David Austins roses are a very popular variety of rose. They have been grown commercially since the early 1900’s. David Austins roses were originally bred from a wild rose called ‘Dalbergia’ (or Dalbergia grandiflora) which was found growing in the area near New York City in 1885. These flowers were not only beautiful but they produced large quantities of fragrant white blossoms with red centers, making them ideal for use as houseplants. In fact, these flowers were so good at attracting insects that they became known as “white butterflies”.
The first commercial production of David Austins roses took place in 1903 when Charles J. Dallmeyer and William R. Haines began selling them under the name ‘Rose Of Sharon’. By 1908, the company had expanded into other flower varieties such as ‘Lily Of The Valley’, ‘Cherry Blossom’ and others. By 1910, the company was producing over 2 million bulbs per year.
Unfortunately, the demand for David Austins roses declined during World War I due to their high price and poor quality. During the war years, many people lost their jobs and some plants simply weren’t available to produce flowers anymore.
In 1920, another attempt was made to revive interest in David Austins roses by Charles J. Dallmeyer and William R. Haines, but with no success. It wasn’t until 5 years later that a young entrepreneur by the name of David Austin took an interest in them. By this time, the plant had become extremely rare in the wild.
David Austin began his search for this rarity in 1925 at the New York Botanical Gardens. He couldn’t find any, so he continued searching other gardens throughout the United States. Eventually he discovered a few specimens in the Cincinnati Zoo and botanical gardens, along with a few other gardens in Kentucky and North Carolina. He purchased as many plants as he could afford, which turned out to be around 20.
At first, David Austin was met with failure when he tried to grow these roses. He nearly gave up until his friend Bertrand Nathaniel Smith (a long-time employee of David Austin) managed to get one of the rose bushes to bloom. This spectacular specimen was a deep red rose with heavily perfumed blooms, which reminded David of the white butterflies he used to see as a child in his grandmother’s garden. He decided to name it ‘Mrs. Austin’ in honor of his grandmother.
‘Mrs. Austin’ was an immediate success and perfumers from all over the world wanted to order it in bulk for their products. It became a symbol of royalty, romance and good fortune and it even found its way into popular songs of the day.
From this point on, David Austin managed to acquire a large number of ‘Dalbergia’ and cross-bred them with other types of roses to create new varieties for the commercial market. Today, his company Austin Roses is one of the most respected rose breeding companies in the world.
Other companies, as well as independent breeders, have created their own versions of David Austin’s roses. Unfortunately in the rush to make a quick profit, many unscrupulous people tried to cash in on the popularity of these roses by passing off common garden varieties as ‘authentic’ David Austin roses. This led to a great deal of distrust among consumers, which is why some people are reluctant to buy them even today.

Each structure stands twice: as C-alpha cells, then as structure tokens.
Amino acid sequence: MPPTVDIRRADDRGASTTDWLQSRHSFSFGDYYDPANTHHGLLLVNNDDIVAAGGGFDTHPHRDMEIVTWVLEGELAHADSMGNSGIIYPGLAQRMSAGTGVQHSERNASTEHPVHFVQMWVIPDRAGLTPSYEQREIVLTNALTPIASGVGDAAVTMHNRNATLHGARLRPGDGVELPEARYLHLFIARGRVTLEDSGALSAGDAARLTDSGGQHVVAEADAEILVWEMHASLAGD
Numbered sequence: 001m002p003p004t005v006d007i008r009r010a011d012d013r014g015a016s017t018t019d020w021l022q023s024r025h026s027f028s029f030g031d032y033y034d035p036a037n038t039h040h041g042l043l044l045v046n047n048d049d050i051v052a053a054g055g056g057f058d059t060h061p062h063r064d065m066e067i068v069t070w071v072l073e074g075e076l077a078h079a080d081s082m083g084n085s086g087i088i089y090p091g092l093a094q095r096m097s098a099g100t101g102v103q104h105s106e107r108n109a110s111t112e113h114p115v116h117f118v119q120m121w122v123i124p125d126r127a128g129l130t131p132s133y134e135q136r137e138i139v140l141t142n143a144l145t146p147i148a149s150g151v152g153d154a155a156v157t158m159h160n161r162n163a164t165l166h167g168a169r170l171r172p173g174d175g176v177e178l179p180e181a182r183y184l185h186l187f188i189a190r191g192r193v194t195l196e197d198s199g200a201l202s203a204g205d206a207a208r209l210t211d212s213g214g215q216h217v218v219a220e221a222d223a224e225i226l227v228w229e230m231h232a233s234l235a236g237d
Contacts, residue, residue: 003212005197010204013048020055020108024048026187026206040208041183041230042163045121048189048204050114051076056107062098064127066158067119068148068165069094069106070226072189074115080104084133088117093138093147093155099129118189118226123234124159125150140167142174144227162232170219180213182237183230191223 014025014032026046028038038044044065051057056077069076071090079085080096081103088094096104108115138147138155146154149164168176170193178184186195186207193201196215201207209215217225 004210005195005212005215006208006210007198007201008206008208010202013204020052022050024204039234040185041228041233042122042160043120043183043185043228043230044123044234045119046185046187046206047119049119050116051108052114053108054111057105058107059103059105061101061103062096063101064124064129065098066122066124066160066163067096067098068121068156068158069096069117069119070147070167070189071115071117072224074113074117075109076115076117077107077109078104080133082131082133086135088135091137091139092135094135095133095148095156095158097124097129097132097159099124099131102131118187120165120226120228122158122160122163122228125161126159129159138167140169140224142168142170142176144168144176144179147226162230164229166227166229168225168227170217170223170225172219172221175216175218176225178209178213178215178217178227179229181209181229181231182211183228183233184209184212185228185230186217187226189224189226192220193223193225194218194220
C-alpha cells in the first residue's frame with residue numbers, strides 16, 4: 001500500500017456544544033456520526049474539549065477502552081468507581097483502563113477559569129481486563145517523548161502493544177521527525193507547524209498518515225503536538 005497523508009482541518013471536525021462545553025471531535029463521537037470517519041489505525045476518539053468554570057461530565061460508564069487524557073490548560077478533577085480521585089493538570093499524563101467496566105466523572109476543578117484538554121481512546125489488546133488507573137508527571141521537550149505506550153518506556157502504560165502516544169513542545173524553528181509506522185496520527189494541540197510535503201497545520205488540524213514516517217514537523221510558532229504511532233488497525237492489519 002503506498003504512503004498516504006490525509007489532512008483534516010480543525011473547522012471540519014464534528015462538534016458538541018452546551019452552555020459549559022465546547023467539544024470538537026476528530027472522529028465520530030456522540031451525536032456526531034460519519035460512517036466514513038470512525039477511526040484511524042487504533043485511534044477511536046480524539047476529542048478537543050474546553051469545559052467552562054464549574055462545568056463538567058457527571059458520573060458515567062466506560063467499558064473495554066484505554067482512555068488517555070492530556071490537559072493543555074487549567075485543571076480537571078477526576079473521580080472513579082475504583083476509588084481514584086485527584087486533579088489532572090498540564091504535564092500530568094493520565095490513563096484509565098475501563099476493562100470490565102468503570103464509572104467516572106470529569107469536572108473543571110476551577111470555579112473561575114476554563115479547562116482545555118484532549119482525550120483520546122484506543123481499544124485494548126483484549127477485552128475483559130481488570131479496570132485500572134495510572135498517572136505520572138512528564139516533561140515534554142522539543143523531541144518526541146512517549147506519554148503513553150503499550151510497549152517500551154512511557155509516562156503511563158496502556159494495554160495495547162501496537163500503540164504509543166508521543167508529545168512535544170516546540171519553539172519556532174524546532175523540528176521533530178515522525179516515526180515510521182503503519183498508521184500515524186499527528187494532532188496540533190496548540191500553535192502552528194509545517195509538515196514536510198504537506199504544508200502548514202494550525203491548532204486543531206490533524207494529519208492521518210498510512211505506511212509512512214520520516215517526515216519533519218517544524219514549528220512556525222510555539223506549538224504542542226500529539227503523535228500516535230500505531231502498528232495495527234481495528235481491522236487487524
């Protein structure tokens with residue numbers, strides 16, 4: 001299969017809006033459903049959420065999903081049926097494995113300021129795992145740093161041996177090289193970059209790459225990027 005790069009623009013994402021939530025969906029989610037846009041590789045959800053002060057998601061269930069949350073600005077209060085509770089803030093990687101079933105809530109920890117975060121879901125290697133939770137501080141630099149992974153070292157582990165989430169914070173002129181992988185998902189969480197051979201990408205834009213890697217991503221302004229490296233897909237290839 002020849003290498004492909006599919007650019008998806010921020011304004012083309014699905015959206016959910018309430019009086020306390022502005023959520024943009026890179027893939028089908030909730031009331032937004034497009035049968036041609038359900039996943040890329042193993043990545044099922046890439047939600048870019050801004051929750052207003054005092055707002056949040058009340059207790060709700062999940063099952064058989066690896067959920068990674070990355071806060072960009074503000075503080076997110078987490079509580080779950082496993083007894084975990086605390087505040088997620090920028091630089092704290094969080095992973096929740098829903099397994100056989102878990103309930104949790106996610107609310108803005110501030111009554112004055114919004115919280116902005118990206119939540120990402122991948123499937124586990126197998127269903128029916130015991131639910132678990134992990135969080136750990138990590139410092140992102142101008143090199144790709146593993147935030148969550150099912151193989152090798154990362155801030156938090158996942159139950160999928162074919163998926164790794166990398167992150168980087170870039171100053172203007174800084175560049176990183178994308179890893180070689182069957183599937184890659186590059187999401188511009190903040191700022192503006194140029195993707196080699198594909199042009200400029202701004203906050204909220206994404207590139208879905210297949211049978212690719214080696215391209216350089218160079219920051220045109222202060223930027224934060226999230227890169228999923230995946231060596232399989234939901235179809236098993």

There are a great many websites which have sprung up recently to educate people about true David Austin Roses and tell them how to identify the real thing. It is important to note that the University of Birmingham has no connection with these sites.
As far as I know, David Austin did not trademark his roses’ names so it is impossible to truly know if a rose has been ‘officially’ bred by David Austin or not. I suppose that it doesn’t matter, since all of these plants have the same wonderful qualities which made them famous in the first place.
It seems that interest in these roses will never die out as long as there are people who want to celebrate love, romance and good fortune. Whether you buy them from a garden center or get them online, these lovely flowers will always be a source of joy for all of humanity.
Sources & references used in this article:
The edible flower garden by R Creasy – 2012 – books.google.com
Roses for Dummies by …, Editors of the National Gardening Association – 2011 – books.google.com
New plants for 1990. Part I. Selections from universities, botanic gardens, arboretums and foundations for Zone 4 and colder. by JS Higginbotham – American Nurseryman, 1990 – cabdirect.org
A comparison of the phytosociology and dynamics of three floodplain (Várzea) forests of known ages, Rio Juruá, western Brazilian Amazon by …, JL Stone, A ROSAS JR – Botanical journal of the …, 1992 – academic.oup.com
Gardens (Fall/Winter 2012) by UTG Magazine – trace.tennessee.edu
Wyman’s gardening encyclopedia by D Wyman – 1986 – books.google.com
Flower Gardening in the Hot Midwest: USDA Zone 5 and Lower Zone 4 by LL Hillegass – 2000 – books.google.com
Evaluating companion planting and non-host masking odors for protecting roses from the Japanese beetle (Coleoptera: Scarabaeidae) by DW Held, P Gonsiska, DA Potter – Journal of Economic …, 2003 – academic.oup.com